Farmers expert voices behind Saskatchewan crop report

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WATCH ABOVE: Volunteer farmers from across the province are the expert and experienced voices that go into the weekly Saskatchewan crop report. Rebekah Lesko learns more in Your Agriculture – Sep 27, 2018

During the busiest months of the growing season, Mary-Jane Duncan-Eger still finds a few minutes each week to volunteer.

Duncan-Eger has been a crop reporter for the last four years, collecting data from around her family’s farm south of Regina and submitting it to Saskatchewan Agriculture.s

READ MORE: Cool and wet weather slows harvest in Saskatchewan

Duncan-Eger, along with 210 other volunteer crop reporters across the province, answer a weekly 15-minute survey from April to October and submit it by phone, fax or online.

The crop report is said to be Saskatchewan Agriculture’s most popular publication.

“You basically fill out the information on the email, so how much moisture, how far along the crops are, how much has been combined, whether there’s any pests or anything else that’s harmed the crop this week,” Duncan-Eger said.

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“Most of them are farmers themselves, ranchers, retired farmers or agrologists that are out in the field every day, so boots-on-the-ground type information,” said Daphne Cruise, a crops extension specialist with Saskatchewan Agriculture.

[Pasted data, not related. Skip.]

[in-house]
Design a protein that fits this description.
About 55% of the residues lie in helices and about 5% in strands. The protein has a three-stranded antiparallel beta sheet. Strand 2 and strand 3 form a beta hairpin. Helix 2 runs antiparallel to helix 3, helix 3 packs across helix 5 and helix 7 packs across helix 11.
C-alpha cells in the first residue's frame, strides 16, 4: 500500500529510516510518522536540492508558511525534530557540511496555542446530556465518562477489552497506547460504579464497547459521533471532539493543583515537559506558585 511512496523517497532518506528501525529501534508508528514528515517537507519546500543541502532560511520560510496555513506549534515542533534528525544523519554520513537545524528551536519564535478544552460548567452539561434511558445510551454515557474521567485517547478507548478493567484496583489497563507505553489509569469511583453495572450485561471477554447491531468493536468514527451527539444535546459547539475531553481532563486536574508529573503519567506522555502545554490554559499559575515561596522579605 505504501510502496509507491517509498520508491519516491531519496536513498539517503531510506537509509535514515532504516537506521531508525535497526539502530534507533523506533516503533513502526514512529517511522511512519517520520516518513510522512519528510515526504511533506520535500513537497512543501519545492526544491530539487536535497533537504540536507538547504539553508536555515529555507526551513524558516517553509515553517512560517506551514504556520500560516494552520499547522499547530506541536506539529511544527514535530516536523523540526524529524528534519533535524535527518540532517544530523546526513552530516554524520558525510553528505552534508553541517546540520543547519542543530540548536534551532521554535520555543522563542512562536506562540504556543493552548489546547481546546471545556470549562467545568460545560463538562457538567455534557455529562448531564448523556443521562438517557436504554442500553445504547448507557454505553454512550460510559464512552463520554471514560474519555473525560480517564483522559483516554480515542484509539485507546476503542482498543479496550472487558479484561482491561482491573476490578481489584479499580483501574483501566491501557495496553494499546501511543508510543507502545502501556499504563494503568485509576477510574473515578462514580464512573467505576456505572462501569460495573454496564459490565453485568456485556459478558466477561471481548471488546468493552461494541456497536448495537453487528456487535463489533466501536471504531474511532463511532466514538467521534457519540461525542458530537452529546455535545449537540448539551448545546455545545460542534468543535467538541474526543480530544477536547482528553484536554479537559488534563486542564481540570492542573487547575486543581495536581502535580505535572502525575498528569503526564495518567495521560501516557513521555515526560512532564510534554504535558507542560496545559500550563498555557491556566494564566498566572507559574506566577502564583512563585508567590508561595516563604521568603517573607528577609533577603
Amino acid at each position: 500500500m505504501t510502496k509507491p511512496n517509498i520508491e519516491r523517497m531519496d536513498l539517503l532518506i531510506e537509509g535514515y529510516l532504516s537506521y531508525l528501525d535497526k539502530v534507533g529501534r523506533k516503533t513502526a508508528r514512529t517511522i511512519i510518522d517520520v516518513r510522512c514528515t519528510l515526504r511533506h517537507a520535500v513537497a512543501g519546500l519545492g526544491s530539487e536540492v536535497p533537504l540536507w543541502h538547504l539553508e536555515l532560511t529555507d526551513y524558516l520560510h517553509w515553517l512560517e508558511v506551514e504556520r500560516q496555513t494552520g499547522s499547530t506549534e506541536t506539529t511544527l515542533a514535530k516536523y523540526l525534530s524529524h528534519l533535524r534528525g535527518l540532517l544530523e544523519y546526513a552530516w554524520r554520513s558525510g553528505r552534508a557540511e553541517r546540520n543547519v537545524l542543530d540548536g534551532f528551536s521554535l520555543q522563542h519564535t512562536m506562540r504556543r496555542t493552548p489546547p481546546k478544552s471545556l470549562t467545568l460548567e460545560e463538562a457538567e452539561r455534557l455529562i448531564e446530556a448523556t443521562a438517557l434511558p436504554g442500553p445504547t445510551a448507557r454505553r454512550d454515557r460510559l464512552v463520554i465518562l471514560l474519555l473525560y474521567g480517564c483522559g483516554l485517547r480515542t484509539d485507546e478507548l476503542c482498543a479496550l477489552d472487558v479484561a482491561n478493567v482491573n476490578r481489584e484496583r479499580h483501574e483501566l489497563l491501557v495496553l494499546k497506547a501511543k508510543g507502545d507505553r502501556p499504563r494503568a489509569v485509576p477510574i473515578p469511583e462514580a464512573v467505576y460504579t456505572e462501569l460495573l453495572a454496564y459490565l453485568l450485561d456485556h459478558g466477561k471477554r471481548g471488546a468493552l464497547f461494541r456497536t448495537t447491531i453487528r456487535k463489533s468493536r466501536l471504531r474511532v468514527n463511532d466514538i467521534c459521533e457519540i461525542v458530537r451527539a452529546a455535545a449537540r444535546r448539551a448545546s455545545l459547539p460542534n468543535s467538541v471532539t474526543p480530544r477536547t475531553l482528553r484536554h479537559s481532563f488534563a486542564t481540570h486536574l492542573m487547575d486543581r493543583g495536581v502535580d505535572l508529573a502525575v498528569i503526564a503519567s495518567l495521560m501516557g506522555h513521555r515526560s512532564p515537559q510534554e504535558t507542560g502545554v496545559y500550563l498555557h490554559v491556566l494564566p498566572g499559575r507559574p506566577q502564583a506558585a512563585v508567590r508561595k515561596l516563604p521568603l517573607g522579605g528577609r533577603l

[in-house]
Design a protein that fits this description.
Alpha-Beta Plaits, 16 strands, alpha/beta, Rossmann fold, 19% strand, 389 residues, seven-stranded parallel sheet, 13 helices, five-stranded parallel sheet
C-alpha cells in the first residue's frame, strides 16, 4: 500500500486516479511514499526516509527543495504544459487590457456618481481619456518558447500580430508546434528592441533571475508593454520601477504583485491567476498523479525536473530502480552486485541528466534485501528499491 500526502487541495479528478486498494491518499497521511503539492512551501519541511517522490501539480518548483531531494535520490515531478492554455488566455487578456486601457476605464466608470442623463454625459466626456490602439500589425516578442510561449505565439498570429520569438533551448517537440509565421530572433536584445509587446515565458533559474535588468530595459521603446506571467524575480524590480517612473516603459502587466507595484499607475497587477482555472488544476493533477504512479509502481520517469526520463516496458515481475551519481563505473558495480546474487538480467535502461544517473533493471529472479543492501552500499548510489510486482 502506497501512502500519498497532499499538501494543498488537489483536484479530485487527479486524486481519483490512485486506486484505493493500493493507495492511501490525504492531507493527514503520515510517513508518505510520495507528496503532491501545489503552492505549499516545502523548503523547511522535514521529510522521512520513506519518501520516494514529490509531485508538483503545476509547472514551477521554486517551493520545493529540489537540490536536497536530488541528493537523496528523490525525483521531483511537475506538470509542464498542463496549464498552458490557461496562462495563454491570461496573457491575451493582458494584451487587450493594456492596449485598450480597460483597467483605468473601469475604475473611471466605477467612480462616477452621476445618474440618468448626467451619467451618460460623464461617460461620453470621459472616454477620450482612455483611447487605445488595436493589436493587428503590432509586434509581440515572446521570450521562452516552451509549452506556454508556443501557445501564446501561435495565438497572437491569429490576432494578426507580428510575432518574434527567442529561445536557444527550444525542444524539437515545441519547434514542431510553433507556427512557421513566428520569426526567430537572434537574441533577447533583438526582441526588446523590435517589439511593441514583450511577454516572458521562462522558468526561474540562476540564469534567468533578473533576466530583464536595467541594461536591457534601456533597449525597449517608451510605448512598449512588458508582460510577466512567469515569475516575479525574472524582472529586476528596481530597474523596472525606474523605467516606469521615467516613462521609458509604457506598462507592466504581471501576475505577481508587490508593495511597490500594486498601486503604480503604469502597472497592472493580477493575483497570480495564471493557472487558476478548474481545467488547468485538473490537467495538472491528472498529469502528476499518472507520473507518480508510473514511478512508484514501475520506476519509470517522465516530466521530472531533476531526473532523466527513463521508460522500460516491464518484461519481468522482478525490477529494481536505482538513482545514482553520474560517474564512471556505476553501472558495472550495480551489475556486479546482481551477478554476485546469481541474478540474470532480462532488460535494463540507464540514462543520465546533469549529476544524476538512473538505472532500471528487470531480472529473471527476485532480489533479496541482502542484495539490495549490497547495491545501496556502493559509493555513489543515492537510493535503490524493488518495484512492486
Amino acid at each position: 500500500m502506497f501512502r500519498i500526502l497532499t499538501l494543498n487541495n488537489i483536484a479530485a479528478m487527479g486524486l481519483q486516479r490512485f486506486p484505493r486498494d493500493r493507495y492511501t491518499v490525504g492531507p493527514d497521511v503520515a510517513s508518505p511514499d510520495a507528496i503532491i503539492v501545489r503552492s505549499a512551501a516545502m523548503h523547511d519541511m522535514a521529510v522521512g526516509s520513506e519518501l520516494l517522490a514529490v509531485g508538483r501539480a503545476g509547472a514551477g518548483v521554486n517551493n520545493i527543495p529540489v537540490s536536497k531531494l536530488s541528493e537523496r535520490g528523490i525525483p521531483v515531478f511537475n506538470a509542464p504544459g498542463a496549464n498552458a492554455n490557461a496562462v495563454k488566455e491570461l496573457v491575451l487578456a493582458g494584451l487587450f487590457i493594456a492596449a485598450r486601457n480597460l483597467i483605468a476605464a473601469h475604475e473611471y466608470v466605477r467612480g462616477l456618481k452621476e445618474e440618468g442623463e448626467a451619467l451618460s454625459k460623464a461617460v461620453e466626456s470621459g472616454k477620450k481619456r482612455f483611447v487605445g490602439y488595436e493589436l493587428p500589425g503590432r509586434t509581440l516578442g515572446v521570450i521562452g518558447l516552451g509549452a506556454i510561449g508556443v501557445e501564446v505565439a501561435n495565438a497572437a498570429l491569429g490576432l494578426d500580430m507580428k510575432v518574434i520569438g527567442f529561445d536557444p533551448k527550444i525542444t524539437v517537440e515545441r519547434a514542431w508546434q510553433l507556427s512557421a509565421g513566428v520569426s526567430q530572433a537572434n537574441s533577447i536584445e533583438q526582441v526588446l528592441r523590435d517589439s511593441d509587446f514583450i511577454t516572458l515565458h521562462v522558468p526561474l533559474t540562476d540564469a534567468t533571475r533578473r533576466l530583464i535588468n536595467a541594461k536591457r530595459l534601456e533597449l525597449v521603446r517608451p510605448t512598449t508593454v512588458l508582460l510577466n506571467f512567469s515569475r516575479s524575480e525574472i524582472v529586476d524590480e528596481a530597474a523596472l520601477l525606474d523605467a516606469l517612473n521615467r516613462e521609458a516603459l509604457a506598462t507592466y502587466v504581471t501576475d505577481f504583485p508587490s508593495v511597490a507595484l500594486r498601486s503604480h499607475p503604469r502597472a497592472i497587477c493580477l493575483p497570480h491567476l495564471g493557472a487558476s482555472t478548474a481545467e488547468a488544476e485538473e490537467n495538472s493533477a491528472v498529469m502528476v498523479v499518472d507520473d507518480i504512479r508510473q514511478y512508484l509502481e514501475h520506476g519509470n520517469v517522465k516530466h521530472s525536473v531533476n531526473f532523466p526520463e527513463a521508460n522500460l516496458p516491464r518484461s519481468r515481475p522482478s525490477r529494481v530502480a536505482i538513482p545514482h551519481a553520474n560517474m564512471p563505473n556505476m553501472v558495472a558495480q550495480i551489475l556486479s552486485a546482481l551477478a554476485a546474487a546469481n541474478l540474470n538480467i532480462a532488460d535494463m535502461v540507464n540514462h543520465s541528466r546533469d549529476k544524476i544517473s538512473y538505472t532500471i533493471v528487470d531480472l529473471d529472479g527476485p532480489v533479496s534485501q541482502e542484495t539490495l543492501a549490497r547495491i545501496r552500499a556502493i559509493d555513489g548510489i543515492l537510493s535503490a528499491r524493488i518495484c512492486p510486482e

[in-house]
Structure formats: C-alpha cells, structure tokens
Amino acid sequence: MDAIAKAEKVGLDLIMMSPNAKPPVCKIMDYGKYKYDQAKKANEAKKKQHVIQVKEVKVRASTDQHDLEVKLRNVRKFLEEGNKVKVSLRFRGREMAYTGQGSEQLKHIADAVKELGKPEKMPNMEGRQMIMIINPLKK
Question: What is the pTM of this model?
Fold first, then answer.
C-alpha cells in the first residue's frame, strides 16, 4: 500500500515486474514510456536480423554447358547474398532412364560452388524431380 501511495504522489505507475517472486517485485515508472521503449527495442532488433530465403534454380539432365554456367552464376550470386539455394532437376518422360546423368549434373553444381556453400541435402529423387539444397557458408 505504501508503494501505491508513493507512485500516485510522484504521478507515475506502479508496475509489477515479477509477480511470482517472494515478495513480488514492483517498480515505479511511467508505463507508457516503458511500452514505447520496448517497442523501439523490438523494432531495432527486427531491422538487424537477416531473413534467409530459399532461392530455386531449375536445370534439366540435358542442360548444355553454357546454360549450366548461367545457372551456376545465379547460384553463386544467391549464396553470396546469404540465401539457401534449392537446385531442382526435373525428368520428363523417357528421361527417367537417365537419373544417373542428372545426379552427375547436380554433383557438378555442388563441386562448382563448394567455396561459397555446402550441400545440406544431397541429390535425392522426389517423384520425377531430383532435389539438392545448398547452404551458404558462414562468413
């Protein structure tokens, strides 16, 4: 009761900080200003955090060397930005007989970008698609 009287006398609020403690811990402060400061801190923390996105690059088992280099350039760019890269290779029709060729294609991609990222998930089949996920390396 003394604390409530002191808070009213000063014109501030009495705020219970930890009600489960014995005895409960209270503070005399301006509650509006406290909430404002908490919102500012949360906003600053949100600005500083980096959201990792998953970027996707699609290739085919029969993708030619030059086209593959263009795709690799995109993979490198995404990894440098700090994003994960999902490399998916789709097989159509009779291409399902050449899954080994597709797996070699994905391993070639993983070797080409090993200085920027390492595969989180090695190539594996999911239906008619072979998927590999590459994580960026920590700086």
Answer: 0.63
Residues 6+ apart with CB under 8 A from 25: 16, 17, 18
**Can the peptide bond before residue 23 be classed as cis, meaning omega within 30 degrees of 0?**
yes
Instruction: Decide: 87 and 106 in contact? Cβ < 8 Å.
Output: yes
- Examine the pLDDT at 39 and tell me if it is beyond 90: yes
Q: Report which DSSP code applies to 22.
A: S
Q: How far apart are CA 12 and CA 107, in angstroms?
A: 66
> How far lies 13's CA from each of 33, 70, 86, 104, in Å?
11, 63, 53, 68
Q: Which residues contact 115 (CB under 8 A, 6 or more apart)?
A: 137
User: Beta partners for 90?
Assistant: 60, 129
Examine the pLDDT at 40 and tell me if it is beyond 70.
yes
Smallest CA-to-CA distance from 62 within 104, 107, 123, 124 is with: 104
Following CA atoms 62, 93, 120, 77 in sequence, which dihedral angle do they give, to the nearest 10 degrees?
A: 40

Cruise said the report has a great level of credibility because the information comes from the producer’s perspective.

“The crop report has been running since 1974, so for 44 years. We have crop reporters that have been with us for that long. So anywhere from 44 years, all the way to brand new reporters and everything in between. We have a really good knowledge base out there,” Cruise explained.

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Staff in Moose Jaw compile the weekly report, based solely on what information the volunteers provide, with no industry or government influence.

“Farmers are willing to tell the public on the successes they have and the issues they’re dealing with,” Cruise said.

“Producers are willing to tell that story, and the crop report is one way to get that story out, but also provide some concrete numbers.”

“It gives you a bit of a hint as to how you want to market your crops. If you’ve heard that things are well behind, or if they’ve got a frost up north, you know maybe you’re going to want to change up your marketing strategy a little bit,” Duncan-Eger said.

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The data is also used by policy-makers, marketers, investors and media.

Cruise said the subscriber list ranges from across the country, as well as in Europe, the United States and South America.

The reporters cover 296 rural municipalities, however, 123 RMs still need a reporter.

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